Friday, April 25, 2008


We could not have gotten through the past fourteen years at my house without the book Raising Your Spirited Child, by Mary Sheedy Kurcinka. One of the most valuable things she does for parents is remind them that when their child gets overstimulated, often they do too. Occasionally my friend Amy, a former child psychologist turned elementary school teacher, would remind me to reread part of that book--and she was right; it always helped.

I've been reading a book that isn't half so good: Mellow Out, They Say. If I Only Could, by Michael M. Piechowski. Sometimes it helps me to look at a new book on the subject, just as a way of reminding myself that the members of my family need to put positive names on the way we can't help being--we're enthusiastic people! Yeah, enthusiasm; that's a good word.

Which brings me to Beth Ann Fennelly's poem "I Need to be More French. Or Japanese." I love this poem excessively; I've read it out loud to everyone who will listen, and now I will type it here for you all, now:

I Need To Be More French. Or Japanese.

Then I wouldn't prefer the California wine,
its big sugar, big fruit rolling down my tongue,
a cornucopia spilled across a tacky tablecloth.
I'd prefer the French, its smoke and rot.
Said Cezanne: Le mond--c'est terrible!
Which means, The world--it bites the big weenie.
People sound smarter in French.
The Japanese prefer the crescent moon to the full,
prefer the rose before it blooms.
Oh, I have been to the temples of Kyoto,
I have stood on the Pont Neuf, and my eyes,
they drank it in, but my taste buds
shuffled along in the beer line at Wrigley Field.
It was the day they gave out foam fingers.
I hereby pledge to wear more gray, less yellow
of the beaks of baby mockingbirds,
that huge yellow yawping open on wobbly necks,
trusting something yummy will be dropped inside,
soon. I hereby pledge to be reserved.
When the French designer learned
I didn't like her mockups for my book cover,
she sniffed, They're not for everyone. They're
subtle. What area code is 662 anyway? I said,
Mississippi, sweetheart. Bet you couldn't find it
with a map. Okay: I didn't really. But so what
if I'm subtle as May in Mississippi, my nose
in the wine-bowl of this magnolia bloom, so what
if I'm mellow as the punch-drunk bee.
If I were Japanese I'd write about magnolias
in March, how tonal, each bud long as a pencil,
sheathed in celadon suede, jutting from a cluster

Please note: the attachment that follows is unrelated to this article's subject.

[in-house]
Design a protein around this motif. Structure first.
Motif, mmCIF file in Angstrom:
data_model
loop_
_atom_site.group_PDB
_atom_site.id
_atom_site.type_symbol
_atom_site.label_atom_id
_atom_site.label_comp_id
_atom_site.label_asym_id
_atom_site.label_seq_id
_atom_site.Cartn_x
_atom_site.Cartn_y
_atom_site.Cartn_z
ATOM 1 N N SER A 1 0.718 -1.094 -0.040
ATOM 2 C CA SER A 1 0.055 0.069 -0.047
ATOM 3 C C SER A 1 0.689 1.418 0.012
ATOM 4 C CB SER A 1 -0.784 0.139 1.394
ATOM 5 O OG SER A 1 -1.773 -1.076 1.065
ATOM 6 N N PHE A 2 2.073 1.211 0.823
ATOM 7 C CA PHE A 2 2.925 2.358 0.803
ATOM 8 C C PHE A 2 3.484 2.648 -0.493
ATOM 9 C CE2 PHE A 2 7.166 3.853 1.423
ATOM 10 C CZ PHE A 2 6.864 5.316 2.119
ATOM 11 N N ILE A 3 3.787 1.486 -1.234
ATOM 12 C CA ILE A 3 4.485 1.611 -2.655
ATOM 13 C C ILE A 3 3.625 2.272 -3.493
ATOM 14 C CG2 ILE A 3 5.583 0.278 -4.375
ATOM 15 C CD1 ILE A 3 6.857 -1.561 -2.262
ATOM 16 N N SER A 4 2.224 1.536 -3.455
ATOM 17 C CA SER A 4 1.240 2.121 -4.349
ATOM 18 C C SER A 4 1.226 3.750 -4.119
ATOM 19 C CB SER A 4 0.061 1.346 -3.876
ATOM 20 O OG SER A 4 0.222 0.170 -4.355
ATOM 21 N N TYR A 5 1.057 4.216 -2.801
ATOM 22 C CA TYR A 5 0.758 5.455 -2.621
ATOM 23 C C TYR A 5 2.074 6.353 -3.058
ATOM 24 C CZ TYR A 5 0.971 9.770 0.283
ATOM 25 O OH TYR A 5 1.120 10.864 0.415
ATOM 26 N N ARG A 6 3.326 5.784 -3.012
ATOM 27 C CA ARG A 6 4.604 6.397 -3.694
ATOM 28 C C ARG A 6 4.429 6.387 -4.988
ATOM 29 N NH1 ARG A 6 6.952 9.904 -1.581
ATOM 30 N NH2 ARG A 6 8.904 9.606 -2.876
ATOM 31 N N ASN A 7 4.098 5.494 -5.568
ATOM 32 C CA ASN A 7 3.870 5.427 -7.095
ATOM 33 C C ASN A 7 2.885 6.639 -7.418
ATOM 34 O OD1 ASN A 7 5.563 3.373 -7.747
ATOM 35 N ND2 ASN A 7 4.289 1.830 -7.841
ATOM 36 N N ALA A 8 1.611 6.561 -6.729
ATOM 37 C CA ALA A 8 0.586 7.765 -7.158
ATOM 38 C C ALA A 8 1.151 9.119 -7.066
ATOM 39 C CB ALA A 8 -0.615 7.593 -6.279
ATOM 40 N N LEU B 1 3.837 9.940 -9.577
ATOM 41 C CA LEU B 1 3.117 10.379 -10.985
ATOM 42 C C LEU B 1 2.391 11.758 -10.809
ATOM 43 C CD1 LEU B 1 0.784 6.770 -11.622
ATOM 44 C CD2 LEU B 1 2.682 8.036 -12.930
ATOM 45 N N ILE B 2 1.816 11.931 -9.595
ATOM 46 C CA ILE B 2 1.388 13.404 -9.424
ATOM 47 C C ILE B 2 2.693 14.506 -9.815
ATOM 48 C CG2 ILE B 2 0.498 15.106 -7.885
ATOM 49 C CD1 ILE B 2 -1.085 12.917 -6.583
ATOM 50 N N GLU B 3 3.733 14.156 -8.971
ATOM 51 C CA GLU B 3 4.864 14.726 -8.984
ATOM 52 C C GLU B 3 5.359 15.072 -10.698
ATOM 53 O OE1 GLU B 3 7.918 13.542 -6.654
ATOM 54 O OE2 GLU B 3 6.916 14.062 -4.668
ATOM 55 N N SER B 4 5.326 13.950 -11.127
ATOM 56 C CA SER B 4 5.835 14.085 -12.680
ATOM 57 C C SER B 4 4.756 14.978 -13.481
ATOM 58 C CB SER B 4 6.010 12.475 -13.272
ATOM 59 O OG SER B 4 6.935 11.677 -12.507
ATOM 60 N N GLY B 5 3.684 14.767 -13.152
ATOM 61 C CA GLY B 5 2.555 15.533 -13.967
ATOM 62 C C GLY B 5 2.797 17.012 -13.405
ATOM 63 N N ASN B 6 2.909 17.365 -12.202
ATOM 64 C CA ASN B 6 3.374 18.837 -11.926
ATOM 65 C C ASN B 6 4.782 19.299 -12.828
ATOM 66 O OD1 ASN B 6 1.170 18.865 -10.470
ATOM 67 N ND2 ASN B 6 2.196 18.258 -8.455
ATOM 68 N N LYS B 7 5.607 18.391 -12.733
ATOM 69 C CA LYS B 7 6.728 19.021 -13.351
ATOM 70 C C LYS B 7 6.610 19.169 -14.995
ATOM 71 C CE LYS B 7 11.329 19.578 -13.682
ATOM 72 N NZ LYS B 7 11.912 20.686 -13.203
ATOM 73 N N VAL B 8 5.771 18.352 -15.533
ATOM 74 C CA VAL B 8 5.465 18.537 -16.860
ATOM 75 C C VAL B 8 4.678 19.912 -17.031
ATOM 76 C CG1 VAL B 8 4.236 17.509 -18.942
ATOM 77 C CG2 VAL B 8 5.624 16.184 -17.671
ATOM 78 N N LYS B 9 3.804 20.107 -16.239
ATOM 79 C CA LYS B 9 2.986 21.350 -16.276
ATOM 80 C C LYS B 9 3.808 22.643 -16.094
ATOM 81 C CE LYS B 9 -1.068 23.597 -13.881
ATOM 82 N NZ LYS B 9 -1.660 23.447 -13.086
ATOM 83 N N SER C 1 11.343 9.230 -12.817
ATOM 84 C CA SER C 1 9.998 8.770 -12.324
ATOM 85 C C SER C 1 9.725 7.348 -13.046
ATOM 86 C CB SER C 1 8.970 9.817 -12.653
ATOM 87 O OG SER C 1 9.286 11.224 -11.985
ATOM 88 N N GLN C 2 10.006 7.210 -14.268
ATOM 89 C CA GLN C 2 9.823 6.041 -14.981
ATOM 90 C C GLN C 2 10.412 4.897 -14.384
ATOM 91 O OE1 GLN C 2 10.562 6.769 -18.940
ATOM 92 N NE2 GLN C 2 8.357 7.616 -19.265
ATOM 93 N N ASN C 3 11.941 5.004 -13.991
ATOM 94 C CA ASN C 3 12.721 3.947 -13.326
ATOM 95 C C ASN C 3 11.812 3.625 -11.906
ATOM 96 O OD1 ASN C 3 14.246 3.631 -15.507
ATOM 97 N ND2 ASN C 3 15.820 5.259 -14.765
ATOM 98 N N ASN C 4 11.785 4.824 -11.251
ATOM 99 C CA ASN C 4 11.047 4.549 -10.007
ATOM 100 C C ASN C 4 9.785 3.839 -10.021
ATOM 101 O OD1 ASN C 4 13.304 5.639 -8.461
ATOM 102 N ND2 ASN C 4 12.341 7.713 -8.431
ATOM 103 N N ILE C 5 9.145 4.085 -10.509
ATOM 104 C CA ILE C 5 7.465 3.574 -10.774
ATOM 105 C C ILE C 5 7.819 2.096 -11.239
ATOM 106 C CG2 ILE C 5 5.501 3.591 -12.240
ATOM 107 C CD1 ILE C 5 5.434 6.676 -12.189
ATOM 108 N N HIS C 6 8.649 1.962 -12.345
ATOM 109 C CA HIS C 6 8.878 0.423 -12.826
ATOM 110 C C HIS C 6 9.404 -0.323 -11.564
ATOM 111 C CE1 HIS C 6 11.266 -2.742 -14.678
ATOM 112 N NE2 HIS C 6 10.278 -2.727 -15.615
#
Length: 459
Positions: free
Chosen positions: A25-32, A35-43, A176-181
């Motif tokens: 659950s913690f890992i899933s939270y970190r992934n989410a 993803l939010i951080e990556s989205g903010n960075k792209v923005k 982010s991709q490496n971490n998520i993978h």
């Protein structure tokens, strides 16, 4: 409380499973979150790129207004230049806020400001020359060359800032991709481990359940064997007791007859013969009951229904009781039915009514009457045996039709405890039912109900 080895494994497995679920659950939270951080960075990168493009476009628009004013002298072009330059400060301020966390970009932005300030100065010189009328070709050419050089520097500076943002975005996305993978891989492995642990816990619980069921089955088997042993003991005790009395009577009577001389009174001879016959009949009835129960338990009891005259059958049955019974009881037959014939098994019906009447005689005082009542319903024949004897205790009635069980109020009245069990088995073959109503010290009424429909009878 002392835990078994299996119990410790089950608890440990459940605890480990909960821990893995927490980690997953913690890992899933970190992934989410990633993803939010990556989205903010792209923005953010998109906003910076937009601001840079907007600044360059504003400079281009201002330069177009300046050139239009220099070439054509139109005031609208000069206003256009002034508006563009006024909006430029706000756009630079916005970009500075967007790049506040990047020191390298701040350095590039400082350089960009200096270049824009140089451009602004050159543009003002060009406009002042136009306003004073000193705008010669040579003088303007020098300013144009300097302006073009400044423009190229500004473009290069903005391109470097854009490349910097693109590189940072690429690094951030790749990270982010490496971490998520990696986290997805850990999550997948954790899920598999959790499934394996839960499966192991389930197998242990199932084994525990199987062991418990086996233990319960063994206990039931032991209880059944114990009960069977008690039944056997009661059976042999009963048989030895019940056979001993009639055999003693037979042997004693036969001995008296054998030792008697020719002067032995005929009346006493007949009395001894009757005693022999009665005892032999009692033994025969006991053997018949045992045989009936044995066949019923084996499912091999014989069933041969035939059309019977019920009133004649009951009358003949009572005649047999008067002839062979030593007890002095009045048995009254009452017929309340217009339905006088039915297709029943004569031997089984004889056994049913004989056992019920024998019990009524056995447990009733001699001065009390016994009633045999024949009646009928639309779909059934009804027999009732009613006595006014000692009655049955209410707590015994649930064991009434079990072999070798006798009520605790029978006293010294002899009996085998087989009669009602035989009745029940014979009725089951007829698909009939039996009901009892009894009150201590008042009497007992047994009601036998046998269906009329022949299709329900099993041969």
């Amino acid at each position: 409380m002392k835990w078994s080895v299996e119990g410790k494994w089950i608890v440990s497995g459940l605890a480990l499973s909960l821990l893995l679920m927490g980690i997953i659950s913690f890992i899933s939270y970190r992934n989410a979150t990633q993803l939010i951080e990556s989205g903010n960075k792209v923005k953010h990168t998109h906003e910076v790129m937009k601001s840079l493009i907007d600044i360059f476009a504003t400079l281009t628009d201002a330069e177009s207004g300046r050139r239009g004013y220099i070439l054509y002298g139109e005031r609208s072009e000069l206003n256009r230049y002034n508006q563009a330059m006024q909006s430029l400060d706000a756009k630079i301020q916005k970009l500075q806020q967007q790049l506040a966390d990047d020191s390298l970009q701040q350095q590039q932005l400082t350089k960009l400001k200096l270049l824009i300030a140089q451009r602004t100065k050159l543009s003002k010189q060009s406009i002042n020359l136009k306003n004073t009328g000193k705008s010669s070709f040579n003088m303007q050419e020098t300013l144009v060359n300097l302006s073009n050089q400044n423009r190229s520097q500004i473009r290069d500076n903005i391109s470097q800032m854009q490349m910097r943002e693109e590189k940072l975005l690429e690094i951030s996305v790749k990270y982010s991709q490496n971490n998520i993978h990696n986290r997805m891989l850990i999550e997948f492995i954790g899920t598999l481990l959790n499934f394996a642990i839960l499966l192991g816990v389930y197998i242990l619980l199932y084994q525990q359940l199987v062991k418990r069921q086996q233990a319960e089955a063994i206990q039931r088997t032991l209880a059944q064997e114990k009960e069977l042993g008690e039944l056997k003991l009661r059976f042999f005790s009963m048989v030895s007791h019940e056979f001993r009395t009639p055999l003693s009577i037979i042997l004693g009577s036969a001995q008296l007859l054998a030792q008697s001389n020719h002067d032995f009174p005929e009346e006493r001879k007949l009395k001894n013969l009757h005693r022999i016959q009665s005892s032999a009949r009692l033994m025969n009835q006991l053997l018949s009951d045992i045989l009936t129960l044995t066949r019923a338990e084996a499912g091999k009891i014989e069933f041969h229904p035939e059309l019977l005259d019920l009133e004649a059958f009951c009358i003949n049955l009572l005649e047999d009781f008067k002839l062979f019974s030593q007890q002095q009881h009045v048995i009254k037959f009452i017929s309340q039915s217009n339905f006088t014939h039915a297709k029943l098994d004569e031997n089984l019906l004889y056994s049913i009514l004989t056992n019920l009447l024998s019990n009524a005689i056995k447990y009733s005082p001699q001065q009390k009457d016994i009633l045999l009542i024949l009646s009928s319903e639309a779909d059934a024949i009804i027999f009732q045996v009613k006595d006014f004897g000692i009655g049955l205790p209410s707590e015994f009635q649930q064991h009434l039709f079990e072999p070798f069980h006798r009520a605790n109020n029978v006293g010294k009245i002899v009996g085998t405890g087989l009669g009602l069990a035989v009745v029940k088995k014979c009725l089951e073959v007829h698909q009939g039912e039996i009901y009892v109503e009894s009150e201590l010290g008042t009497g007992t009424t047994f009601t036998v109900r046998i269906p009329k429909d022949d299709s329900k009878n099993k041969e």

of glossy leaves. I'd end the poem before anything
bloomed, end with rain swelling the buds
and the sheaths bursting, then falling to the grass
like a fairy's castoff slippers, like candy wrappers,
like spent firecrackers. Yes, my poem
would end there, spent firecrackers.
If I were French, I'd capture post-peak, in July,
the petals floppy, creased brown with age,
the stamens naked, stripped of yellow filaments.
The bees lazy now, bungling the ballet, thinking
for the first time about October. If I were French,
I'd prefer this, end with the red-tipped filaments
scattered on the scorched brown grass,
and my poem would incite the sophisticated,
the French and the Japanese readers--
because the filaments look like matchsticks,
and it's matchsticks, we all know, that start the fire.

The redbud trees outside my window have caught fire, clashing with the cardinal sitting in the branches. The forsythias are more green than yellow. The Bradford pear may have reached its peak of bloom this morning, right before the rain comes and begins the process of knocking the blossoms off.

I do not pledge to wear more gray. I like my roses to look like what Thoroughly Modern Millie says when she orders two dozen (!) roses for her boss Trevor Grayden to send to her friend Miss Dorothy--"on the fat side."


harriet said...

What a fabulous poem. You have made my day by sharing it with me. And I'll have to look up that book (the first one, not the second one). It sounds right up our alley.

paj said...

Loved it. Except, Jeanne, I can't quite see you standing in the beer line at Wrigley Field. But to be fair, I can imagine you waving a giant foam finger.

Cschu said...

I agree. This is a great poem. It quite cheers me up because it reminds me not pull myself back from the French attitude she describes. The blooms will come again, even if they look pretty shriveled right now.